Improvements in CD4 values were used as a proxy for ART efficacy as is commonly done in this setting where routine viral load testing is not possible.39,40 For children who survived at least 12 months on ART, there was good immunologic response to treatment with 90.5% of patients surpassing our definition for significant increase in absolute or percent CD4 with ART. It is not clear why patients from Malawi and Lesotho were less likely to experience immune recovery than those from Swaziland.
This study of a large cohort of HIV-infected children on ART at the BIPAI clinics in Malawi, Lesotho, and Swaziland adds to the growing body of literature demonstrating that infants and children in sub-Saharan Africa can achieve good treatment outcomes and low mortality rates on ART. Despite the challenges associated with the public health approach to implementation of comprehensive pediatric HIV care in developing countries, additional resources need to be directed toward children who are still underrepresented in many national ART programs in the region. Continued research to track long-term outcomes and mortality in children on ART should be a priority as care systems and patients mature, with continued focus on early identification and treatment of high-risk infants.
We acknowledge the valuable input received from Edith Q. Mohapi, Executive Director, Baylor College of Medicine Bristol-Myers Squibb Children’s Clinical Centre of Excellence (Maseru, Lesotho); Hailu N. Sarero, Executive Director, Baylor College of Medicine Bristol-Myers Squibb Children’s Clinical Centre of Excellence (Mbabane, Swaziland); Simona Ruta, Stefan S. Nicolau Institute of Virology (Bucharest, Romania); Heather R. Draper, Baylor College of Medicine, Department of Pediatrics and Texas Children’s Hospital (Houston, Texas); and Shaun Krog, Virtual Purple Professionals Services (Durban, South Africa).
- Accepted April 23, 2012.
- Address correspondence to Mark M. Kabue, MPH, DrPH, Baylor College of Medicine Abbott Fund Children’s Clinical Centre of Excellence—Malawi, Private Bag B397, Lilongwe 03, Malawi. E-mail:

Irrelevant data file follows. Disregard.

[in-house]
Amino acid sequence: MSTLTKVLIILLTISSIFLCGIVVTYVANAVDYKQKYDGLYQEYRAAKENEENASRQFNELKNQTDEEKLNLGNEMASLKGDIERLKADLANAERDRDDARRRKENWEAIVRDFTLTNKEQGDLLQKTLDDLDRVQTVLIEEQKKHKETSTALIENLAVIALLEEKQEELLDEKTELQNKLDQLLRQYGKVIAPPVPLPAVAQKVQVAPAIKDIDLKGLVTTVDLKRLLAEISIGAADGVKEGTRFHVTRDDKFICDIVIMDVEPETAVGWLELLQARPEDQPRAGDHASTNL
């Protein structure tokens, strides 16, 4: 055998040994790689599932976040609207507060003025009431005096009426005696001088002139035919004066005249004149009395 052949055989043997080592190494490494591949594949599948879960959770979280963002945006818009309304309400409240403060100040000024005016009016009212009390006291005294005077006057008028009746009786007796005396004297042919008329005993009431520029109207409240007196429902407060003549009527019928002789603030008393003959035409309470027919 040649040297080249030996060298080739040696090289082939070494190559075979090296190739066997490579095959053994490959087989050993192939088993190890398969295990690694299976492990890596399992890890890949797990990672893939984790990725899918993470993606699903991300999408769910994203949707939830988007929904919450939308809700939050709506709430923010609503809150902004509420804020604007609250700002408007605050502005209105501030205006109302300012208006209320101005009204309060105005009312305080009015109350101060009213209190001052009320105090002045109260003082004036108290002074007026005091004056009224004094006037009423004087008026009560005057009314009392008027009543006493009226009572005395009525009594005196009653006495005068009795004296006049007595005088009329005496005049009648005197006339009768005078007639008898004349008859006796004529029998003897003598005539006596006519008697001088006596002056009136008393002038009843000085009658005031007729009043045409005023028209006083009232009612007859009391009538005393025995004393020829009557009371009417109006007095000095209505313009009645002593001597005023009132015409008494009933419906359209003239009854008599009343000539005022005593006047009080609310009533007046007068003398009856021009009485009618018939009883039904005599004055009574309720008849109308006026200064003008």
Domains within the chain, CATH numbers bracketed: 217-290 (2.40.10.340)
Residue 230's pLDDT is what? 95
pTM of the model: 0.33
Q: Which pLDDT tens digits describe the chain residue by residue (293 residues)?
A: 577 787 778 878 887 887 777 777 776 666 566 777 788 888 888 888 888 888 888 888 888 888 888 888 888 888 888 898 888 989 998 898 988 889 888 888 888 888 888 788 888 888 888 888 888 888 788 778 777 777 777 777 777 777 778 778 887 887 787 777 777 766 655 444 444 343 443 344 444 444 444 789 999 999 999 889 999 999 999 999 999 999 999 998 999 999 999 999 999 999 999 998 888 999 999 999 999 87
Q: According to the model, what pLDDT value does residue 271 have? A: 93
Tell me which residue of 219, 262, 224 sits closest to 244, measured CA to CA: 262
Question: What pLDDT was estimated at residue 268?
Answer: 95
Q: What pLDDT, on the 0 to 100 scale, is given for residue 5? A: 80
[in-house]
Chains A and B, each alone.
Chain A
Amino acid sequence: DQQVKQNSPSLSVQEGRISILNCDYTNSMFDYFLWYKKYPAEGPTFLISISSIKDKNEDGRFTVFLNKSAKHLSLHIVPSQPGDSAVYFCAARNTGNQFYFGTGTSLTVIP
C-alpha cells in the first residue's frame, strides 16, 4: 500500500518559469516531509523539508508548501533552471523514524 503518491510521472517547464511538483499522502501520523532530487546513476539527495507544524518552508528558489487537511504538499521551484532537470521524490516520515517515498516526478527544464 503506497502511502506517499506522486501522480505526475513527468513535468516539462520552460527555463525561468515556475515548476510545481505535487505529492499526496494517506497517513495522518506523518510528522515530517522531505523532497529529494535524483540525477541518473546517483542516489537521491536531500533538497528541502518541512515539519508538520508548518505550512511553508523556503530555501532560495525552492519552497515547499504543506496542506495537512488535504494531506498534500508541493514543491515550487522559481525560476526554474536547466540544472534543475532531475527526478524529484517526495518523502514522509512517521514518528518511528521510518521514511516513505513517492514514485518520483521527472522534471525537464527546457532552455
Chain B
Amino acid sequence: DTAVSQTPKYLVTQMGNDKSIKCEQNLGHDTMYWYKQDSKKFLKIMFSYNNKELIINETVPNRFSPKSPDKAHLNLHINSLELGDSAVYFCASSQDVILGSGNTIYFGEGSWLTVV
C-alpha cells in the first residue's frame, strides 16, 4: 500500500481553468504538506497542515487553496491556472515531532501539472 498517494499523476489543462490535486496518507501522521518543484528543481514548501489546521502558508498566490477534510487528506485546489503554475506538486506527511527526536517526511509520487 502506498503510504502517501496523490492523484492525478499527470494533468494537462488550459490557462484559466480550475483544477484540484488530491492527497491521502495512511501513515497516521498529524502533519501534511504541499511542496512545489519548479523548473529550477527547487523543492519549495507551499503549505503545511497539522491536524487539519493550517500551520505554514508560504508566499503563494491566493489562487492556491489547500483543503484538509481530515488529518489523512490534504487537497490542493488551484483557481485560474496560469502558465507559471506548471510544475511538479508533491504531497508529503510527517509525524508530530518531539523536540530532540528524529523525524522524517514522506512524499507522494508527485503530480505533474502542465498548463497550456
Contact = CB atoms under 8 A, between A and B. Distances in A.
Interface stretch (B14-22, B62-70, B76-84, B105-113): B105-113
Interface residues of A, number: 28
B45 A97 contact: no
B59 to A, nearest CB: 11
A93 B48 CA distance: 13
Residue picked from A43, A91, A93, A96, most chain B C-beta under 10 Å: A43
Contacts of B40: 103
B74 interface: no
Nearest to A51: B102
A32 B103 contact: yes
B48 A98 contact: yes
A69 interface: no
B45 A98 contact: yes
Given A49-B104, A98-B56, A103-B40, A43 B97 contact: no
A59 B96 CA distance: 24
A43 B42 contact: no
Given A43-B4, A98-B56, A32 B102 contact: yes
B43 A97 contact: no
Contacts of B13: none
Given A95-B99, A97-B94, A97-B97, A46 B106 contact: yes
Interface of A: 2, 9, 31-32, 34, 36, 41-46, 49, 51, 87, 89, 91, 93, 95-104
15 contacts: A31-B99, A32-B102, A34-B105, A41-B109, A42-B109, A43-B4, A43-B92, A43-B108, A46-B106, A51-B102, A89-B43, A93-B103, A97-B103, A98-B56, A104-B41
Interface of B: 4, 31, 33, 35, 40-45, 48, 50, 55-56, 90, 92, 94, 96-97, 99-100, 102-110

Dr Kabue made substantial contributions to concept and design; acquisition, analysis, and interpretation of data; and drafting and critical revision of the article for important intellectual content. Dr Buck made substantial contributions to concept and design, interpretation of data, and drafting and critical revision of the article for important intellectual content. Dr Wanless made substantial contributions to concept and design, interpretation of data, and drafting and critical revision of the article for important intellectual content. Dr Cox contributed to concept and design, interpretation of data, and drafting and critical revision of the article for important intellectual content. Dr McCollum contributed to concept and design, interpretation of data, and drafting and critical revision of the article for important intellectual content. Dr Caviness contributed to concept and design, acquisition, analysis and interpretation of data, and critical revision of the article for important intellectual content. Dr Ahmed contributed to concept and design, interpretation of data, and drafting and critical revision of the article for important intellectual content. Dr Kim contributed to concept and design, interpretation of data, and drafting and critical revision of the article for important intellectual content. Dr Thahane contributed to concept and design, interpretation of data, and critical revision of the article for important intellectual content. Mr Devlin contributed to concept and design, interpretation of data, and critical revision of the article for important intellectual content. Mr Kochelani contributed to concept and design, interpretation of data, and critical revision of the article for important intellectual content. Mr Kazembe contributed to concept and design, interpretation of data, and drafting and critical revision of the article for important intellectual content. Ms Calles contributed to concept and design, interpretation of data, and critical revision of the article for important intellectual content. Mr Mizwa contributed to concept and design, interpretation of data, and critical revision of the article for important intellectual content. Dr Schutze contributed to concept and design, interpretation of data, and critical revision of the article for important intellectual content. Dr Kline contributed to concept and design, interpretation of data, and critical revision of the article for important intellectual content and final approval of version to be published.